Private Dem talks on major bills more positive than public appearances, Rep. Yarmuth says

For more on Democrats' plans and negotiations over the infrastructure and reconciliation bills, Amna Nawaz is joined by the chairman of the House Budget Committee, Rep. John Yarmuth of Kentucky.

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  • Amna Nawaz:

    And for more on the Democrats' plans now, I'm joined by the chairman of the House Budget Committee. That is Representative John Yarmuth of Kentucky.

    Mr. Chairman, welcome back to the "NewsHour." Always good to see you.

  • Rep. John Yarmuth (D-KY):

    Thank you. Thanks.

  • Amna Nawaz:

    Let's talk about those two big economic bills, the infrastructure bill, the reconciliation bill.

    They had been moving through together. Speaker Pelosi decoupled them. You have some of your colleagues, progressive colleagues, calling that a betrayal. Do you agree with that?

  • Rep. John Yarmuth:

    No, it's not a betrayal.

    I mean, what we're trying to do is navigate a very, very precarious waterway right now, where we have no margin in either the House or Senate. We can lose three votes in the House, no votes in the Senate. And we have some differences of opinion about how we can get these two major initiatives done.

    The good news is two things. One is, both the moderates and the progressives — I'm a progressive — both groups want to get both of them done. And the second thing is, they're both overwhelmingly popular with the American people. And if I might add a third, these things are both things that we absolutely have to do to serve the country well, to serve the American people.

    So I'm convinced that, ultimately, we will get them done. We will compromise. There's always compromise. I never doubt Nancy Pelosi's ability to, again, navigate these very precarious waters.

    But, again, I think all those factors mean we will get them done.

  • Amna Nawaz:

    So, Congressman, I guess the question is, how? How do you navigate that tough path? In what order do they move through, and how quickly?

  • Rep. John Yarmuth:

    Well, I think what's going to happen in the next 48 hours — and the good news is that nobody will remember that I said this.

    (LAUGHTER)

  • Rep. John Yarmuth:

    But I think that, over the next 48 hours, there are going to be enough agreements reached on the specifics of what will go into the Build Back Better Act, which is the larger bill — that's the partisan bill — and that the moderates will — that the progressives will say, OK, we're confident enough that we can support the infrastructure bill.

    Remember, if one goes down, they both go down. I think that's kind of the eternal truth here that we're dealing with. And I feel good about the fact that, really, they're — we're only talking about eight to 10 Democrats who are really laying down the red lines.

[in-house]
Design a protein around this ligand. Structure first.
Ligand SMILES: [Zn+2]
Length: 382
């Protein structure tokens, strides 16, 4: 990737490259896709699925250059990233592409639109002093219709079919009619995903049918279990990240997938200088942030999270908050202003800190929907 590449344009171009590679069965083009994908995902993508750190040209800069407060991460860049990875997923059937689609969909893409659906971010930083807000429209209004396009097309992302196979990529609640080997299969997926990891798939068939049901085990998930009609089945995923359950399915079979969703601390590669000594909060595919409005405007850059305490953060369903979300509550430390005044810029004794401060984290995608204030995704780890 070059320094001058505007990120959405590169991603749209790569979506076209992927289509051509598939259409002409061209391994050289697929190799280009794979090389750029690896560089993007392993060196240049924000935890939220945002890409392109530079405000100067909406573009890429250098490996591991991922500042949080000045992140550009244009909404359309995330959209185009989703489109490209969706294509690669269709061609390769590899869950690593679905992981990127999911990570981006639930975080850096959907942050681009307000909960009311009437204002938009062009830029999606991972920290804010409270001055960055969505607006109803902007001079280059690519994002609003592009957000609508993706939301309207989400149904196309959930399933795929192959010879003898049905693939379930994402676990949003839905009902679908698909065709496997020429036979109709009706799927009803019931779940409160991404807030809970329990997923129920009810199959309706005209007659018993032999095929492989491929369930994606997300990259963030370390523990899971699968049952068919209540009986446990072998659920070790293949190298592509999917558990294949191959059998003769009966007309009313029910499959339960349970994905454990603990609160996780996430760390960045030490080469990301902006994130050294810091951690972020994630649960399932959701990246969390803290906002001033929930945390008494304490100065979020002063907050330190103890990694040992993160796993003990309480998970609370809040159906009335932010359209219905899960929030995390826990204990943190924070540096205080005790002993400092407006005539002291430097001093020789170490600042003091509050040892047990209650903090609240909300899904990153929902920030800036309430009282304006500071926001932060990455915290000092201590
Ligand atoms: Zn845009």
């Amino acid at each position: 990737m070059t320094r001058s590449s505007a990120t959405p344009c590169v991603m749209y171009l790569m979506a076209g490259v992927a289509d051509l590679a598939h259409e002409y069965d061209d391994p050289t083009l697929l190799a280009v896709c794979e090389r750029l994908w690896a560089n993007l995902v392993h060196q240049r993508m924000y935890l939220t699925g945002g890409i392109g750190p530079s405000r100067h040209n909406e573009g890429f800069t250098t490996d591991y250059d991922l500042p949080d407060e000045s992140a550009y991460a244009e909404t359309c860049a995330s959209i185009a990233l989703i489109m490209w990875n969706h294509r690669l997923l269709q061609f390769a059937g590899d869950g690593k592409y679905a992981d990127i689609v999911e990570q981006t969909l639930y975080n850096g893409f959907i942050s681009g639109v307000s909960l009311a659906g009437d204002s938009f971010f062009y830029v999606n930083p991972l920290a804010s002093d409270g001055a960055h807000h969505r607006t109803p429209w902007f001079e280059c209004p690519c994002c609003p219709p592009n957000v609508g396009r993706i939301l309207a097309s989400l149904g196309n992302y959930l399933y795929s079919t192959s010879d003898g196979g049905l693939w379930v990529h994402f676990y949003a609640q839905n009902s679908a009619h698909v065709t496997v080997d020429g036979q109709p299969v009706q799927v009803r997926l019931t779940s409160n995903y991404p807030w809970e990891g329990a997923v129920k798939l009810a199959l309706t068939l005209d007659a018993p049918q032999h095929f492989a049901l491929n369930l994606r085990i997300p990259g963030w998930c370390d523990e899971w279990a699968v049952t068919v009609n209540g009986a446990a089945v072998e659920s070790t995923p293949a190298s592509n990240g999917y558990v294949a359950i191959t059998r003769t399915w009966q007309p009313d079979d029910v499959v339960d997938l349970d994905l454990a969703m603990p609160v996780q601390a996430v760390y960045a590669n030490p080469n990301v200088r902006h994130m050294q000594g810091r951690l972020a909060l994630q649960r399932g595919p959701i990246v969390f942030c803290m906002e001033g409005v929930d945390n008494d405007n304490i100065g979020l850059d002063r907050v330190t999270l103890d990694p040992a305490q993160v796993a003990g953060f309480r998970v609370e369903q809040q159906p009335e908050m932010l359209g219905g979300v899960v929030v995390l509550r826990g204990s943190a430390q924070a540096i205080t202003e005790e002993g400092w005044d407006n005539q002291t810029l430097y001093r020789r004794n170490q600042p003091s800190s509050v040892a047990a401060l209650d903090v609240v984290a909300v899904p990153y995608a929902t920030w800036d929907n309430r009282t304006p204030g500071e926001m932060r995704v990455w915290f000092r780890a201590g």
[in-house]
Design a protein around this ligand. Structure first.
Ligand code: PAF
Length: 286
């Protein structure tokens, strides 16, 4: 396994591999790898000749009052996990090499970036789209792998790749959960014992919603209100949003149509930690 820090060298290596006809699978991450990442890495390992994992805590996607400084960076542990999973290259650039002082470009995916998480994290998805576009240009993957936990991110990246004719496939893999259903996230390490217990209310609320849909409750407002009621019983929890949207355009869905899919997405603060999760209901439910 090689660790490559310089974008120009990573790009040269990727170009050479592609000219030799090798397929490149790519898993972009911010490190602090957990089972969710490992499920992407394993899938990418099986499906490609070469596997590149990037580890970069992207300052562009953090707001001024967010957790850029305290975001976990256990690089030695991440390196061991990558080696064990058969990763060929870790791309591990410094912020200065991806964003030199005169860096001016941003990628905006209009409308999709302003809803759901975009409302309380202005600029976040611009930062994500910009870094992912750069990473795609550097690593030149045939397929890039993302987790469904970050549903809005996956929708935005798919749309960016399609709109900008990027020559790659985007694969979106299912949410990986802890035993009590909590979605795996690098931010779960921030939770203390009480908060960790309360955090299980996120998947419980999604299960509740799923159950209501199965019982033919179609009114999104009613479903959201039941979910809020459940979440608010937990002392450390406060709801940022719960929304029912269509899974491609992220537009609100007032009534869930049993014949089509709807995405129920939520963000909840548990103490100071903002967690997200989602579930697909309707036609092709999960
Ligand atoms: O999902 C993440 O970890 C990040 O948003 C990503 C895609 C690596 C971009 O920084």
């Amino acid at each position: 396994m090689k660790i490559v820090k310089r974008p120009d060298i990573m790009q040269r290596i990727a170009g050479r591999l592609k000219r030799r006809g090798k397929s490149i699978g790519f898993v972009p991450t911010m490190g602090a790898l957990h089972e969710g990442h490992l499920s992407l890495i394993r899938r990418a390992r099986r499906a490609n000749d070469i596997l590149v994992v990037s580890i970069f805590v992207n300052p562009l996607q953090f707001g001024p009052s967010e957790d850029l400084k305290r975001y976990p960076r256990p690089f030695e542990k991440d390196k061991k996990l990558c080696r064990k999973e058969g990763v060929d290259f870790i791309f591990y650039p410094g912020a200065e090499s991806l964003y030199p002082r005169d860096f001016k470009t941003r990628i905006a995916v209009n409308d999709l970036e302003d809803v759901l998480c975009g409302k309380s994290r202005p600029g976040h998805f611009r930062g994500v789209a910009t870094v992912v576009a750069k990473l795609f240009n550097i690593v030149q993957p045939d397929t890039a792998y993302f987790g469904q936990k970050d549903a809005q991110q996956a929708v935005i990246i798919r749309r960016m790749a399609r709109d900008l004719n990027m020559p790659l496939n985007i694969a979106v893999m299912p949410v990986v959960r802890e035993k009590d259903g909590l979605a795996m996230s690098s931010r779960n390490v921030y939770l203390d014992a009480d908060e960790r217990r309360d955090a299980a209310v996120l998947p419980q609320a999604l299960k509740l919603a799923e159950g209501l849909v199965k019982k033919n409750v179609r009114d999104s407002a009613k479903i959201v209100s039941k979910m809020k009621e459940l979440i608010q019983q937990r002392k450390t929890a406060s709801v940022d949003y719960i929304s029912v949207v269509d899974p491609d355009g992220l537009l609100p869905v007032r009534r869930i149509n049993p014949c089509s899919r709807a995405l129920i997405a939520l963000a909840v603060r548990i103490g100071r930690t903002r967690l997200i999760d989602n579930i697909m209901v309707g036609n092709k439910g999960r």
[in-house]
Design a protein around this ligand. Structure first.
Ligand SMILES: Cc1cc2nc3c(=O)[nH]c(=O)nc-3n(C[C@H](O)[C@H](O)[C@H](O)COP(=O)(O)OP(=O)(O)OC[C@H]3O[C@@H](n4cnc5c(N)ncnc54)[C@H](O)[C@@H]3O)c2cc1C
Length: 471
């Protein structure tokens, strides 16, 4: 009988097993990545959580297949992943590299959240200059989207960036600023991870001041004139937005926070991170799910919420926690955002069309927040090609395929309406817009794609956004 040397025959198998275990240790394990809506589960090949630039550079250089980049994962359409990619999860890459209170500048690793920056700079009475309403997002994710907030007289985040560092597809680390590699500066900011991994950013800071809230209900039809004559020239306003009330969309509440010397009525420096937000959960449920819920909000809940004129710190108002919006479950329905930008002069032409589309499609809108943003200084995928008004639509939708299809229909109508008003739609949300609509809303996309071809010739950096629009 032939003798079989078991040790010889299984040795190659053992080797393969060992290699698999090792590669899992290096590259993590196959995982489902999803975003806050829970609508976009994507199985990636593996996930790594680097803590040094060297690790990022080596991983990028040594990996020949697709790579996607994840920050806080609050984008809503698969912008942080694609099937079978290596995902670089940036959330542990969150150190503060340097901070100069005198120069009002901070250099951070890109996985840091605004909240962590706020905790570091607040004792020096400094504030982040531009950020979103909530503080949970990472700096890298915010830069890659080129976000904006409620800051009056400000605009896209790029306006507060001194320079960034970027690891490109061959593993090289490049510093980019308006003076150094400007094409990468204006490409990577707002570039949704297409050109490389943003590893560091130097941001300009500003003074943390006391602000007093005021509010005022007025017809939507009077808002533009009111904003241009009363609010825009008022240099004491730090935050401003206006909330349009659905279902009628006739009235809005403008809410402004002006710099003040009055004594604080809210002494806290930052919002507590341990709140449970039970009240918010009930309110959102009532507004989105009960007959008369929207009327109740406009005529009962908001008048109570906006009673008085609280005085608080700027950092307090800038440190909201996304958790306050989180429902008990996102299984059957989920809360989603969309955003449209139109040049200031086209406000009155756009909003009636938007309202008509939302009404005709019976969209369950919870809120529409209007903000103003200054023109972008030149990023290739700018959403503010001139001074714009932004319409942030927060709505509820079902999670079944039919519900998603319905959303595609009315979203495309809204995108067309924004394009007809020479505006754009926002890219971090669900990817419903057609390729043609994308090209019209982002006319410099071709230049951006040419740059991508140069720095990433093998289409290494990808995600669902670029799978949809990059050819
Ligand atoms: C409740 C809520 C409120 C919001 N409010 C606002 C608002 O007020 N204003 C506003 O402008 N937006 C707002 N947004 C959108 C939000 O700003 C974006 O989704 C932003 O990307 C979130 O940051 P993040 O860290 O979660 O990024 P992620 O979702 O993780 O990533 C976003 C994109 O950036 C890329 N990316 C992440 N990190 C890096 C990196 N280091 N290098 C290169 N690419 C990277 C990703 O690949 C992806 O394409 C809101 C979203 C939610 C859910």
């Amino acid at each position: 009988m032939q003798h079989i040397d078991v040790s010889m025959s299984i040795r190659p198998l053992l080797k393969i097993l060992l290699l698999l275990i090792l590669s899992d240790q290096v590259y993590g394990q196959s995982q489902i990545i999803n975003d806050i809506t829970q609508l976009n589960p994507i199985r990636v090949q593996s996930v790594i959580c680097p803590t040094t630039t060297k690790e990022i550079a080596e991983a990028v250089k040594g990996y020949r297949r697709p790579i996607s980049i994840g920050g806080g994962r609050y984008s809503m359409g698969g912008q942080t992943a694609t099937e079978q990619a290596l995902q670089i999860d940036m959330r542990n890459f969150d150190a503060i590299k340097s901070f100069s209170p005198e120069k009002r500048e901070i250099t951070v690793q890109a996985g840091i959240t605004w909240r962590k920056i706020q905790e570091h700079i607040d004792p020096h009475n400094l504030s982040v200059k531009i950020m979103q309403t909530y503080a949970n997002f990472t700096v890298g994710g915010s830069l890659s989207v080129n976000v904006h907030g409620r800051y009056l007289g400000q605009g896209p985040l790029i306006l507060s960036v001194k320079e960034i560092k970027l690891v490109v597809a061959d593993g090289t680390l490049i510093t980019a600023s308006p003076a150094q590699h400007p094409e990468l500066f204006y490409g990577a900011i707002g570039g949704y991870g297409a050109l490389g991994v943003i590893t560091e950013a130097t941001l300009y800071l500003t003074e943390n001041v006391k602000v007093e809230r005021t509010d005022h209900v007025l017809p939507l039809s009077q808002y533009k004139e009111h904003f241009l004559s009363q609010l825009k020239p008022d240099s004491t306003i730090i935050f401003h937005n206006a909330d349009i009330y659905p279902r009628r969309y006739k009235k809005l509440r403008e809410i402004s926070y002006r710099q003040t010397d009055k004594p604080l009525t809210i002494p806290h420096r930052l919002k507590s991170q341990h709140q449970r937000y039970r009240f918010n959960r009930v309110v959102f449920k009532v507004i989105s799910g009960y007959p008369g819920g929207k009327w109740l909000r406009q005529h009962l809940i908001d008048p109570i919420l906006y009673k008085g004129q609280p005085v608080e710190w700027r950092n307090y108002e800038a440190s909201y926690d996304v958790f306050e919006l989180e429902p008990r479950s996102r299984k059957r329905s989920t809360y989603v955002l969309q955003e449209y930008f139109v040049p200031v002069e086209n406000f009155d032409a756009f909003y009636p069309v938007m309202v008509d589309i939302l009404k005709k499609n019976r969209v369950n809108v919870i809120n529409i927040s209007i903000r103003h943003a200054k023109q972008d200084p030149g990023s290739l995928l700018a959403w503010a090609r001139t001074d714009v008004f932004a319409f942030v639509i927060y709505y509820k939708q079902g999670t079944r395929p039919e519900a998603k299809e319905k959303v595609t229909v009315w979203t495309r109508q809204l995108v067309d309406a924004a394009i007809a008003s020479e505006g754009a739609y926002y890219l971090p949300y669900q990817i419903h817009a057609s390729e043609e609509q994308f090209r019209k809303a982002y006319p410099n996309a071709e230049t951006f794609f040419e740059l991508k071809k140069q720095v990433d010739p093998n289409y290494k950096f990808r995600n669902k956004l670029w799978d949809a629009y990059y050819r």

And I think we will overcome that.

  • Amna Nawaz:

    But you need many of those eight to 10 Democrats.

    So I'm curious why you think…

  • Rep. John Yarmuth:

    We need virtually all of them.

  • Amna Nawaz:

    … with the language we have been seeing, why you think those Democrats, those progressive Democrats, would be willing to basically take a leap of faith, right?

    You're saying that they would sign on to the infrastructure bill with enough assurances that what they want will be in that reconciliation bill. Is that what you see happening?

  • Rep. John Yarmuth:

    I think the — this is a question of good faith right now.

    And there — I think there is a question of — on both sides as to whether it's good faith. But I have heard conversations behind the scenes and on the staff level. And I don't think the positions are nearly as rigid as what we're seeing and hearing in the public arena.

  • Amna Nawaz:

    So you're saying what we hear from Senator Sanders, for example, as my colleague Lisa just reported, telling House Democrats to vote against the infrastructure bill, that there's a different message being delivered behind closed doors?

  • Rep. John Yarmuth:

    Yes.

    And, for instance, Pramila Jayapal, the chair of the Progressive Caucus, she's acted very responsibly throughout this message. And, yes, she's advocating very strongly for her priorities and the priorities of the Progressive Caucus, but she's left enough of the door open to allow her to say, OK, we believe that we can get both of these done. We will go again and not kill — we will go ahead and not kill the bipartisan bill on Thursday if it comes up for a vote on Thursday, which the speaker has said it would.